Praise good work performance, both verbally and officially, through schemes such as Employee of the Month.

g. Provide opportunities for career development. h. Promote an entrepreneurial work climate that gives employees more control over


a. Provide opportunities for social interaction among employees. b. Establish a zero-tolerance policy for harassment. c.

Make management actions consistent with organizational values.


Process of Conflict:


Latent conflict (stage 1): W

When two or more parties need each other to achieve desired objectives, there is potential for conflict. Other antecedents of conflict are interdependence, different goals, and ambiguity of responsibility. They do not automatically create conflict, when they exist- they make it possible. 2) Perceived conflict (stage 2):

This is the stage at which members become aware of a problem. Incompatibility of needs is perceived and tension begins as the parties begin to worry about what will happen. But no party feels that it is being overtly threatened. 3) Felt conflict (stage 3):

At this stage parties become emotionally involved and begin to focus on differences of opinion and opposing interests - sharpening perceived conflict. Internal tensions and frustrations begin to crystallize around specific, defined issues, and people begin to build an emotional commitment to their position. 4) Manifest conflict (stage 4):

At this stage, parties engage in actions that help achieve own objectives and thwart those of others. Conflict behaviors vary from the subtle, indirect and highly controlled forms of interference to direct, aggressive, violent and uncontrolled struggle. At the organizational level, strikes or lock-outs are the result. 5) Conflict outcome (stage 5):

The conflict finally results in an outcome, which may be functional or dysfunctional. If handled well, the result is functional conflict. If mishandled, the consequences are dysfunctional conflict. As conflict proceeds through the stages, resolution becomes more difficult. The parties become more locked into their positions and more convinced that the conflict is winning-lose situation. It is usually easier to achieve win-win outcomes when the conflict is recognized early before frustration and negative feelings set in. STRATEGIES FOR CONFLICT MANAGEMENT:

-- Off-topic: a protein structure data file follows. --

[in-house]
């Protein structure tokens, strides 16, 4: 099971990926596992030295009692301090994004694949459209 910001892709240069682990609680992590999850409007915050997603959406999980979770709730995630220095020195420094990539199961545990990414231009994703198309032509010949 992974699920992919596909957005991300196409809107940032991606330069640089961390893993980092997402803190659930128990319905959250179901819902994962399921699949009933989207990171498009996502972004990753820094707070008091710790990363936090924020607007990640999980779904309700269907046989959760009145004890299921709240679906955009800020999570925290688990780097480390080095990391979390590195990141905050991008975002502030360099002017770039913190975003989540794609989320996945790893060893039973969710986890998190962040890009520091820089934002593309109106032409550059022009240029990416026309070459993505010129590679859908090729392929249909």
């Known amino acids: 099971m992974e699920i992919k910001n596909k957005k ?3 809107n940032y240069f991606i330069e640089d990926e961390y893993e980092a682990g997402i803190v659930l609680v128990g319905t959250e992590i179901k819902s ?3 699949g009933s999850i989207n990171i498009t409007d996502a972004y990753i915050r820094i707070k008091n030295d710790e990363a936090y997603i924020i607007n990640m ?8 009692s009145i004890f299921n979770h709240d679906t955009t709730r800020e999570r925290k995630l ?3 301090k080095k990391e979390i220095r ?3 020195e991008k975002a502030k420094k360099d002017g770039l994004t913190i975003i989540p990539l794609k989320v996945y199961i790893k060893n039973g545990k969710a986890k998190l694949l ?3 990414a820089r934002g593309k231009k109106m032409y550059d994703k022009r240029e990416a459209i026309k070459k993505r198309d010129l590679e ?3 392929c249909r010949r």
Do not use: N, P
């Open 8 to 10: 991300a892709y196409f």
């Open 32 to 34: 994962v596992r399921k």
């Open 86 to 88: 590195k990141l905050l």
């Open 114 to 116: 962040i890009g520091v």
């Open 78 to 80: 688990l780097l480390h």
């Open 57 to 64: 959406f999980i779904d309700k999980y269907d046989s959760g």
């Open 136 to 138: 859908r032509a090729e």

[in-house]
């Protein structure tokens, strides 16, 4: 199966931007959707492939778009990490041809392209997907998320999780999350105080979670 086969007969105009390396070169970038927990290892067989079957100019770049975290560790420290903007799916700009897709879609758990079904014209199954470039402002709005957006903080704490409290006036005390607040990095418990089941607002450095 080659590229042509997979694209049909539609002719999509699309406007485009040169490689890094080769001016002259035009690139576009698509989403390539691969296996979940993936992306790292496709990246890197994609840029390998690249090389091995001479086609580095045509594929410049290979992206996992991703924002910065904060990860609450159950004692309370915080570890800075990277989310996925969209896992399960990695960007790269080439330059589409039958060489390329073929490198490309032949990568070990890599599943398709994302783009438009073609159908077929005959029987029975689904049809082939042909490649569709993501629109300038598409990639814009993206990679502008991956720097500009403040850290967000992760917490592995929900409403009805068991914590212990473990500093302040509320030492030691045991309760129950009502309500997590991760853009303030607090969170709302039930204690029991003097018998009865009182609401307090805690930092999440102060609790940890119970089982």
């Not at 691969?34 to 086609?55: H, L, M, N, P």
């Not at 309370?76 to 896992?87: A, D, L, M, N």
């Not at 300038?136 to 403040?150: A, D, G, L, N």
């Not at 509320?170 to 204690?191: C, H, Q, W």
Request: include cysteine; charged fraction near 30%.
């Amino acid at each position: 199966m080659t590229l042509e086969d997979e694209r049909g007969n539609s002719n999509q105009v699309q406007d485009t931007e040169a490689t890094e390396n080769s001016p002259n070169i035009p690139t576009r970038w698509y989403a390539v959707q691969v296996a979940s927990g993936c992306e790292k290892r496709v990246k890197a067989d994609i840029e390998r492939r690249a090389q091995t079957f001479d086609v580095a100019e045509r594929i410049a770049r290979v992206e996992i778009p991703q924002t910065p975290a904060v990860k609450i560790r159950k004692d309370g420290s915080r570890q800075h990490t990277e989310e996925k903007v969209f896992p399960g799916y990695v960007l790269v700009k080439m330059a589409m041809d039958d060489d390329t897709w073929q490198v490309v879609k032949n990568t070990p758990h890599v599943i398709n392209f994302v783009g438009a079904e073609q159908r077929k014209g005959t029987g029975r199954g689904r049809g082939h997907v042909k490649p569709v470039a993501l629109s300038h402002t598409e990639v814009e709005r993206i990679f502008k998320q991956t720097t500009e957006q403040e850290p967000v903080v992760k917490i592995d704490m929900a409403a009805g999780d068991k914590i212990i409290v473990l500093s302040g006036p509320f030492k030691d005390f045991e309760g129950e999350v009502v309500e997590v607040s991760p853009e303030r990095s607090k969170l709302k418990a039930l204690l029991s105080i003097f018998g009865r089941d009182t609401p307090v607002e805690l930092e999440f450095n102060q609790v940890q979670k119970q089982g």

1) COLLABORATING Also known as problem confronting or problem solving. Collaboration involves an attempt to work with the other person to find a win-win solution to the problem in hand - the one that most satisfies the concerns of both parties. The win-win approach sees conflict resolution as an opportunity to come to a mutually beneficial result. It includes identifying the underlying concerns of the opponents and finding an alternative, which meets each party's concerns. When there is a high level of trust. Examples of when collaborating may be appropriate:

When consensus and commitment of other parties is important In a collaborative environment When a high level of trust is present When a long-term relationship is important When you need to work through hard feelings, animosity, etc When you don't want to have full responsibility 2) Compromising

Compromising looks for an expedient and mutually acceptable solution, which partially satisfies both parties. Moderate assertiveness and moderate cooperativeness. It works toward partial satisfaction of everyones concerns. It seeks acceptable rather than optimal solutions so that no one totally wins or loses Examples of when compromise may be appropriate:

When the goals are moderately important and not worth the use of more assertive or more involving approaches, such as forcing or collaborating

To reach temporary settlement on complex issues When collaboration or forcing do not work 3) Withdrawing

Also known as avoiding. This is when a person does not pursue her/his own concerns or those of the opponent. He/she does not address the conflict, sidesteps, postpones or simply withdraws.

Examples of when withdrawing may be appropriate: